Counties Innovating: Suffolk Hotspot Testing and Morgue Expansion
As Suffolk County navigates the front lines of this public health crisis, one of our goals is to ensure that other communities can learn from our experience.
By Steve Bellone
Suffolk County Executive
The coronavirus is fast, it is intense, and we are responding with rapid innovation to strengthen our preparedness with the ultimate goal of saving lives.
A crucial initiative, of which we are the first county in the state to implement, has been to sponsor and coordinate hot spot testing in communities where the County initially saw exponential increases in COVID-19 positive cases. We analyzed the numbers based on overall increase of positive cases and per-capita data; and in response, created five hot spot testing sites in the communities of Amityville, Brentwood/Central Islip, Huntington Station, Riverhead and Wyandanch.
Regional public-private partnerships were key to getting these testing sites up and running as quickly as possible. With the assistance of the state, Suffolk County secured nasal swab test kits from Bio Reference Laboratories; these tests are administered at our sites by the medical staff of HRH Care, Suffolk's Federally-Qualified Health Centers. The physical logistics of the sites, parking and patient queuing, is coordinated by Reef Technologies, a North-American Parking Infrastructure network. Finally, Fidelis Care continues to provide additional tents for these sites in addition to bags for resources and giveaways that the County creates.
Education for individuals receiving tests is undoubtedly the most important component of this initiative. A County Health Services employee speaks to each person onsite, and informs them that they will receive their test results within four to five days. Additionally, they provide key information on isolation procedures, disinfection protocols, and instructions on what to do should their symptoms worsen.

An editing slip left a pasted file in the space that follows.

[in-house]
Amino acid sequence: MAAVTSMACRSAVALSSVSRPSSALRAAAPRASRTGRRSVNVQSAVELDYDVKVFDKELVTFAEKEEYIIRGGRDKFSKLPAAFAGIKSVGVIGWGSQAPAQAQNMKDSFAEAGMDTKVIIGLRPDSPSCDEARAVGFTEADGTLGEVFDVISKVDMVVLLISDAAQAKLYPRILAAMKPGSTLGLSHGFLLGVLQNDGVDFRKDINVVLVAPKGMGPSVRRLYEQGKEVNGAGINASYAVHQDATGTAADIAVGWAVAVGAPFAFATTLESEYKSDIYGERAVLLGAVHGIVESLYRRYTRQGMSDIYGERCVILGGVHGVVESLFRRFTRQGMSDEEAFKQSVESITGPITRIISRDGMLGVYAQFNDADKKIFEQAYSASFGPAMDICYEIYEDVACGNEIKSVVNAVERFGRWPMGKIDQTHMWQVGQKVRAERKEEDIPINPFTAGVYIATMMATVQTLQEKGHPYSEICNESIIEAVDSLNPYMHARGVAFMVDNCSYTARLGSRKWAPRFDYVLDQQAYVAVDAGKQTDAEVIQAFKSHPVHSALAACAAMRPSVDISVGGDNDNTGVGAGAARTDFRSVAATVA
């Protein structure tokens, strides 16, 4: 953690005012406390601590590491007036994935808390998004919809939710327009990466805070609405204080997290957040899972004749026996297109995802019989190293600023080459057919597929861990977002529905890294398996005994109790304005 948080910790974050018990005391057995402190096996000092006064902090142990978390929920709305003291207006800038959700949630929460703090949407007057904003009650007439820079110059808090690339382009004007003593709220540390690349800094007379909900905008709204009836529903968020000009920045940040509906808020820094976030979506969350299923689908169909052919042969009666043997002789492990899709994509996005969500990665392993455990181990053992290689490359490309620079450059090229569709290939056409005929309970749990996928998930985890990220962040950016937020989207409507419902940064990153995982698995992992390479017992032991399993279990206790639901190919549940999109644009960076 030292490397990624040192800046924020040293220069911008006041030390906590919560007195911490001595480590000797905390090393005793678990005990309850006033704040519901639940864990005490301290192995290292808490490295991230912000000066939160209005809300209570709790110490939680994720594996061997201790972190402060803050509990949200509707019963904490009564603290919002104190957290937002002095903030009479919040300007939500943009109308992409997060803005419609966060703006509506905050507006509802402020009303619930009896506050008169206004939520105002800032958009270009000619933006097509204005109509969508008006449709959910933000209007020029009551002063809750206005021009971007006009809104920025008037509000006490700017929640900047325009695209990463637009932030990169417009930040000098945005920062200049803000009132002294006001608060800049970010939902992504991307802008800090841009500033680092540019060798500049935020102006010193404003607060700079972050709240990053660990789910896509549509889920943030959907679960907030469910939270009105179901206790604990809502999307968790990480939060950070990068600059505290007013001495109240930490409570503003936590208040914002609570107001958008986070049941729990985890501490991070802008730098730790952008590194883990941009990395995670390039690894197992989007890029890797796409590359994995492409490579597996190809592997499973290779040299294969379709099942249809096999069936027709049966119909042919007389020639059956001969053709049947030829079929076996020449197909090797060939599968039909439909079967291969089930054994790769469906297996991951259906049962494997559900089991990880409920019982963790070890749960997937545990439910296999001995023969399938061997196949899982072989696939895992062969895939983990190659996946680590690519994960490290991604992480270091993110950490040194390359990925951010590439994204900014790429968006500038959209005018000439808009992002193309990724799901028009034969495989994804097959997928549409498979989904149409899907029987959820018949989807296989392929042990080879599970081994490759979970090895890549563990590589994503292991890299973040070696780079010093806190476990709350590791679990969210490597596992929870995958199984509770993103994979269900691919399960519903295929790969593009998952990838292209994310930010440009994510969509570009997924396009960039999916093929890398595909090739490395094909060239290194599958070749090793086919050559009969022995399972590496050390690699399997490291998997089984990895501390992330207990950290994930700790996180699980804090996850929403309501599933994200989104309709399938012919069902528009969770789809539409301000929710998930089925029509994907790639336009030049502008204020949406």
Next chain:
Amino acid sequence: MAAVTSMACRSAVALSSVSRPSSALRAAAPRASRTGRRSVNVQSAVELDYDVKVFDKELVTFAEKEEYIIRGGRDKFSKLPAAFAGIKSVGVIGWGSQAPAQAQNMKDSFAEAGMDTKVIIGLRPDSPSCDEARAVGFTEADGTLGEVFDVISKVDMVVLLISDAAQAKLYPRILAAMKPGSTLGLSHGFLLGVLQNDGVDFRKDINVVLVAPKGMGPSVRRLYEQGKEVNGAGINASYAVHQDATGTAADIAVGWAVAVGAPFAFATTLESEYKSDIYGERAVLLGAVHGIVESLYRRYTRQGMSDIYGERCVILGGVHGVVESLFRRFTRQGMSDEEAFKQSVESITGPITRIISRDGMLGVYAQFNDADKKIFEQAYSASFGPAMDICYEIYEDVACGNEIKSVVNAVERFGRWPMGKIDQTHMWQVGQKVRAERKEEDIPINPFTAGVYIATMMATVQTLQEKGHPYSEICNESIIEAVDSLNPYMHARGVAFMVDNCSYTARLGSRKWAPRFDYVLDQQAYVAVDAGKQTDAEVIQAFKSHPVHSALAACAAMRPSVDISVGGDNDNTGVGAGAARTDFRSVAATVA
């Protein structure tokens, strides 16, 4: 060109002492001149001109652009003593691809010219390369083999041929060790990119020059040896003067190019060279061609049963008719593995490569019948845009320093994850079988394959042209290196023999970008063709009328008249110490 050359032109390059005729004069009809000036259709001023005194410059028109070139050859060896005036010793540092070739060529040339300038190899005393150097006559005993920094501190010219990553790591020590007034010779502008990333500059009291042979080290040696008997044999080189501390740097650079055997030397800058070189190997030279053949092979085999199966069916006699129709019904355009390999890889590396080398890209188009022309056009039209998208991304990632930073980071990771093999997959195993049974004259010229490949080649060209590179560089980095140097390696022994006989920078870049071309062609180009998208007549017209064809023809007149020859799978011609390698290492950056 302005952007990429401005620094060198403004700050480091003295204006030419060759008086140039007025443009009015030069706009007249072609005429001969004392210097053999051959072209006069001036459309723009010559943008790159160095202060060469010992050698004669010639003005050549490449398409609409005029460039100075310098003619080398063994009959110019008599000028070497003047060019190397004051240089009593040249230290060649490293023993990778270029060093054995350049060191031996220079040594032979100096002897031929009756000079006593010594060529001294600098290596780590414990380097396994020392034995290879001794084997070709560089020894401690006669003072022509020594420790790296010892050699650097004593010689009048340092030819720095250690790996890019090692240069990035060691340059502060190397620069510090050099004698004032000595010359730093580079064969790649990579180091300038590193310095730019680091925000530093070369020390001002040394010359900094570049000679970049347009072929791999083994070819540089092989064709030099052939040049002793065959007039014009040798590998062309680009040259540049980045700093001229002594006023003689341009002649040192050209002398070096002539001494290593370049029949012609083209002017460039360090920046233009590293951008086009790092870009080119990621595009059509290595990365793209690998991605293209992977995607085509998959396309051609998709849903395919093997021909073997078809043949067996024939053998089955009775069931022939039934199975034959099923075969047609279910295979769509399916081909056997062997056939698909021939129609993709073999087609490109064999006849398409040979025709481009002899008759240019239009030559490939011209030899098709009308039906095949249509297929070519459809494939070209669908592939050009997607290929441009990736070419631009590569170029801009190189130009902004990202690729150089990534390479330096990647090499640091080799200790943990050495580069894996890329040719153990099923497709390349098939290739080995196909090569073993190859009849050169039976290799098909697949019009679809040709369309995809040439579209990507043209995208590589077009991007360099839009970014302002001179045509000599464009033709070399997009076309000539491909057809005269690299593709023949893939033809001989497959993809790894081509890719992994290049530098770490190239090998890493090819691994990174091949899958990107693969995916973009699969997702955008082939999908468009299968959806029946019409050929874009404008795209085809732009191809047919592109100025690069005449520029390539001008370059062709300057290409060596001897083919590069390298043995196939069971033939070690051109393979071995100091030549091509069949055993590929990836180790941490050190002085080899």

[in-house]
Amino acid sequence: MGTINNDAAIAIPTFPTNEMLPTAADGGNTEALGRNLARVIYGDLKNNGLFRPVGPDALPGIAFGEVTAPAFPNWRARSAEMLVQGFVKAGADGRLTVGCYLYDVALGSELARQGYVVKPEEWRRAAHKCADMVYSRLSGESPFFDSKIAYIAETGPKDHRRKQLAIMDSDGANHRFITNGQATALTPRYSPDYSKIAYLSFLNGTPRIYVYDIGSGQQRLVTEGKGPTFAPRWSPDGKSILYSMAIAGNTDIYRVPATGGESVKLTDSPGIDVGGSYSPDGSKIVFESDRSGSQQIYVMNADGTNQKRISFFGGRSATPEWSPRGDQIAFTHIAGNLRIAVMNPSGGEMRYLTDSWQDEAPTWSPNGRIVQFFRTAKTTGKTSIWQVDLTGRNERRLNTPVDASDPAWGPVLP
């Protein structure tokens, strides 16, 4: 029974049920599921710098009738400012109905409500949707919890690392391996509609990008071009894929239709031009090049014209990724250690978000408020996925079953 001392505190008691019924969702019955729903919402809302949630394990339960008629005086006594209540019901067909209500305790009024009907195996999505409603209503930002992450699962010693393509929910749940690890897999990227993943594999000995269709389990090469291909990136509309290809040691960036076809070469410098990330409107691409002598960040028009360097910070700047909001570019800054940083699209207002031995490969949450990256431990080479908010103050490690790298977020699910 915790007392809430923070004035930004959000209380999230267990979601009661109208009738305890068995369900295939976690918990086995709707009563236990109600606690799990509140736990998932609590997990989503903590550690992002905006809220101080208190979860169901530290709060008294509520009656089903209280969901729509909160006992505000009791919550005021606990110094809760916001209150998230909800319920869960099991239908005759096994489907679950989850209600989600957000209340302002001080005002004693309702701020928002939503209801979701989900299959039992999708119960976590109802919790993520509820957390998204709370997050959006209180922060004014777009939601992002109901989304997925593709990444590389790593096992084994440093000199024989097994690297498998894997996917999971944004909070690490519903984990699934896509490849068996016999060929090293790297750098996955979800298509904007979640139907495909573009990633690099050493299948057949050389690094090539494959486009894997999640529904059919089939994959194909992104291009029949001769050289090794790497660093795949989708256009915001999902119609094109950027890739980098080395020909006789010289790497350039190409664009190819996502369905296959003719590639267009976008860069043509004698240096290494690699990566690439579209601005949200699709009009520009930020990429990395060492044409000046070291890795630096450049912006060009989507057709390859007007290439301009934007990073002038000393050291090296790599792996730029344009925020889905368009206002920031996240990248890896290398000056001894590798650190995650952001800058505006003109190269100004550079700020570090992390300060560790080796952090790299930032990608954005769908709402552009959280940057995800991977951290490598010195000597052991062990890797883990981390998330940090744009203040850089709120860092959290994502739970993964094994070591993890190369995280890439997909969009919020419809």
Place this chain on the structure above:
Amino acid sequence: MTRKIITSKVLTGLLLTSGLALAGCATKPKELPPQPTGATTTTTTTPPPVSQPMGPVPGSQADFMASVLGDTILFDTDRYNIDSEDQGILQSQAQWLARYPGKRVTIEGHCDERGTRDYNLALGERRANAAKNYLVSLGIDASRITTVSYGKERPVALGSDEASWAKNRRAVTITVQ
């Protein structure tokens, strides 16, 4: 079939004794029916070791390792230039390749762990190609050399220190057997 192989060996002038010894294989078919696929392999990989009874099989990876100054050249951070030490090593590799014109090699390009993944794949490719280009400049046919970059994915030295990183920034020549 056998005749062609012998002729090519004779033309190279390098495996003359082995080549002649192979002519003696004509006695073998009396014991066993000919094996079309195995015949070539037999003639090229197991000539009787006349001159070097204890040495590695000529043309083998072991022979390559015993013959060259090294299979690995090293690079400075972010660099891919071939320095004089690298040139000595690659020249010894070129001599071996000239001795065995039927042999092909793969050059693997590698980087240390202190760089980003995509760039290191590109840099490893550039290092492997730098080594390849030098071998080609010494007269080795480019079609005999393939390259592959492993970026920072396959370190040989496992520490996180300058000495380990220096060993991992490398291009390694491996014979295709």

We also know that the residents utilizing these hot-spot testing sites are experiencing much more than symptoms. Economic support, food and job security, and public service changes are just some of the many challenges impacting our communities hard, and fast, so every tested individual also receives the following resources while on-site:
- COVID 19 Flyer: "Steps to protect yourself and your families and how to stop the spread"
- CDC Guidance: “How to Create Your Own Face Mask”
- One Face Covering
- New York State guidance on evictions pause
- Updated Suffolk Transit COVID 19 Policies
- The names, locations, and contact numbers of our local food banks
- Resources for free and discounted Internet provider services, and
Additional comprehensive information regarding the following:
- New York State Department of Motor Vehicles - closures and online access instructions
- Unemployment eligibility and filing instructions
- United Way Benefit Fund resources
- Department of Social Services options
- The County's food-security program and Medicaid benefits, and
- Cellular companies with available discounts
It is our hope that other counties will want to follow this example, as we believe hot spot testing to be an incredibly effective and crucial step in our universal efforts to flatten the curve.
Another facet of this battle has been to address the question of Suffolk County's morgue capacity, which we tripled in under a month. Informed by monitoring the situations of Nassau County and New York City, where death tolls hit earlier than here, we were able to anticipate and prepare for the inevitable overflow that our hospitals, nursing homes, funeral homes and Medical Examiner's office would experience.
Through difficult and unfathomable conversations, county forces were able to accommodate the staggering number of decedents through the conversion of an existing County building adding storage for 450 remains. With the addition of two new Conex containers that together store up to 88 decedents on county property, Suffolk County's total capacity is now at an unprecedented 609. Each of our new morgue facilities utilize a racking system constructed by the County's Department of Public Works (DPW), while the County's Medical Examiner's office is picking up hospital overflow in coordination with the Department of Fire Rescue and Emergency Services, and DPW.
These efficiencies have left us prepared for the worst, and we hope that our work will help inform other counties in the state as they prepare for what is, perhaps, the most difficult and horrifying part of this crisis.